What are voters actually hearing from Senate candidates in the final bruising weeks of the midterm election campaign? If a handful of debates from across the country this week are any indication, they’re shedding little of substance but a ton of partisan sniping.
Tuesday evening’s debate in North Carolina between embattled Democratic Sen. Kay Hagan and Republican challenger Thom Tillis is a case in point.
Tillis, the state house speaker, attacked freshman Hagan as “ineffective, liberal and part of Washington’s ills.”
Hagan chose to open the debate in Research Triangle Park, N.C., by declaring that “Speaker Tillis has built a record of dividing our state, always putting the wealthy and big corporations first.” Later, she called Tillis “spineless” for criticizing President Obama’s handling of the ISIS militants in Syria and Iraq while refusing to say what he would do.
Things went downhill from there.
Meanwhile, an equally rough-and-tumble one-hour debate at the Georgia National Fair between Senate Democratic candidate Michelle Nunn and Republican candidate David Perdue was almost impossible to hear. The crowd that gathered to see the candidates face off began screaming 20 minutes before the 7 p.m. start time and never shut up.
“After Nunn’s question to Perdue regarding how high the minimum wage should be, one panelist, Jeff Hullinger of NBC’s Atlanta affiliate, tweeted out that ‘no one can hear each other including us,’” according to Time. Before the Atlanta Journal-Constitution’s Jim Galloway asked Perdue an Obamacare question, Galloway quipped, “You’re going to have to pardon me if this question has been asked already, but I’m kind of deaf at this point.”
In New Hampshire, Republican challenger Scott Brown repeatedly called freshman Democratic Sen. Jeanne Shaheen a “rubber stamp” for the Obama administration. Shaheen, for her part, waited until the end of their first debate to call the former Massachusetts senator an outsider who doesn’t understand New Hampshire, the Associated Press reported.
The two candidates tangled over which one was more in tune with the needs of small businesses. They also differed sharply over the issue of reproductive rights and whether Brown held moderate “pro-choice” views, as he claims.
Shaheen pointed out that Brown had voted for a House resolution to block funding for Planned Parenthood and that he had co-sponsored an amendment allowing employers to deny health care coverage for services they say violate their moral or religious beliefs, including birth control.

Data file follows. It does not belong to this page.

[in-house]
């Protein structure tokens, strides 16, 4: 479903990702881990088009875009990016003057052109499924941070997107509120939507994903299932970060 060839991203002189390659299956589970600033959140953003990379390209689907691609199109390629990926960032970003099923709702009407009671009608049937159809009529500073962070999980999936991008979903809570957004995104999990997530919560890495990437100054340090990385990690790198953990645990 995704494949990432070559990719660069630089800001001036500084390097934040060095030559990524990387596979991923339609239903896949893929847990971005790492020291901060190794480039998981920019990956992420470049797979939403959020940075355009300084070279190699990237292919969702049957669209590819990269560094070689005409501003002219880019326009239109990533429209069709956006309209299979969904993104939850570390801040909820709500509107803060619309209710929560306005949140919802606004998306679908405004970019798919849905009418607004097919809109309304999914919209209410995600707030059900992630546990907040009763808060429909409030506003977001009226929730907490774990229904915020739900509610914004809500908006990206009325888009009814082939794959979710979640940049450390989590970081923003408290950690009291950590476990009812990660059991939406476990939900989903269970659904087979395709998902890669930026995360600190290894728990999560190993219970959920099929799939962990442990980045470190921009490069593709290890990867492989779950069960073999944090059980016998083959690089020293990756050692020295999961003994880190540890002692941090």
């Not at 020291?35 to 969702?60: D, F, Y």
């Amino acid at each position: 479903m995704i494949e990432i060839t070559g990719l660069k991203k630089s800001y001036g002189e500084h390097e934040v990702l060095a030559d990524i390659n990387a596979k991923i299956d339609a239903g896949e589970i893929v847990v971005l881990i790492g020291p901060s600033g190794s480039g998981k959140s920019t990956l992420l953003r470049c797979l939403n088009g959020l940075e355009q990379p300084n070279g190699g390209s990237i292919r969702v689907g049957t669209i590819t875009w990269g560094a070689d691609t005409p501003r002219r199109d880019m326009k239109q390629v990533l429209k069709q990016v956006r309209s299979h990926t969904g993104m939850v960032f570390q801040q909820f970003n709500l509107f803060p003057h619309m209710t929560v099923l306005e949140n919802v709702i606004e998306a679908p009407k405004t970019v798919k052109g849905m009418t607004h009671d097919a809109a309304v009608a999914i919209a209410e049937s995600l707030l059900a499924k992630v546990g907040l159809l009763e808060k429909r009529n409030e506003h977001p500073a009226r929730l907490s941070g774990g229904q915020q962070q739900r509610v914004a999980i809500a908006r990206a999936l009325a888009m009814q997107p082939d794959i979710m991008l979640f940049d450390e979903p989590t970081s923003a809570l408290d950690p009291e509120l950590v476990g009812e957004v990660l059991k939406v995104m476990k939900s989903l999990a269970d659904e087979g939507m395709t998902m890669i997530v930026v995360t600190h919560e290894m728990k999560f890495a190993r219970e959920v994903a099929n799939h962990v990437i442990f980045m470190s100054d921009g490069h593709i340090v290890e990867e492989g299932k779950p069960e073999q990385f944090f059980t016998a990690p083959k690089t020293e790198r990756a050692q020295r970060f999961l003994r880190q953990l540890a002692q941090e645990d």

“You have to listen not just to what Scott Brown has to say about this issue with respect to pro-choice, you have to look at what he’s done,” she said. “This effort was not about religious freedom, it was about denying access to contraceptive coverage for women.”
Not all of the half dozen or so Senate debates this week were partisan brawls or rote recitations of party boilerplate. Many voters are still wrestling with which candidate to support, and some are gauging the candidates based on how well they come across and think on their feet. With nine very tight races likely to determine which party will claim control of the Senate in January, televised debates may well tip the balance one way or another.
Yet in many cases this week, the debates did more to amplify the ideological and political gulf separating the two parties than clarify views.
In an hour-long debate in Colorado on Tuesday, Democratic Sen. Mark Udall and his GOP challenger, Rep. Cory Gardner, spent much of the time “dodging questions and blurring each other’s record on a litany of issues,” according to The Denver Post, which sponsored the event.
Udall ducked a question about his opinion of President Obama’s job performance, while Gardner balked at providing a one-word answer to the question of whether humans contribute significantly to greenhouse gas emissions and climate change. He later said, “Yes, the climate is changing, I’ve said that all along. I disagree to the extent that man is causing it.” Udall simply replied “yes.”
Udall, however, had trouble giving a straight answer to whether he supported the Keystone XL pipeline from Canada to the Gulf Coast. He said yes, but only after scientific studies are completed. Gardner said the science is clear and he supports it.
Floyd Ciruli, an independent pollster and political analyst in Denver, complained, “There’s no big issue, and we are not entirely attentive, and massive amounts of advertising are washing over folks in bundles.”
“I think it explains the volatility you see,” he added. “It’s hard to say what the state of the race is.”
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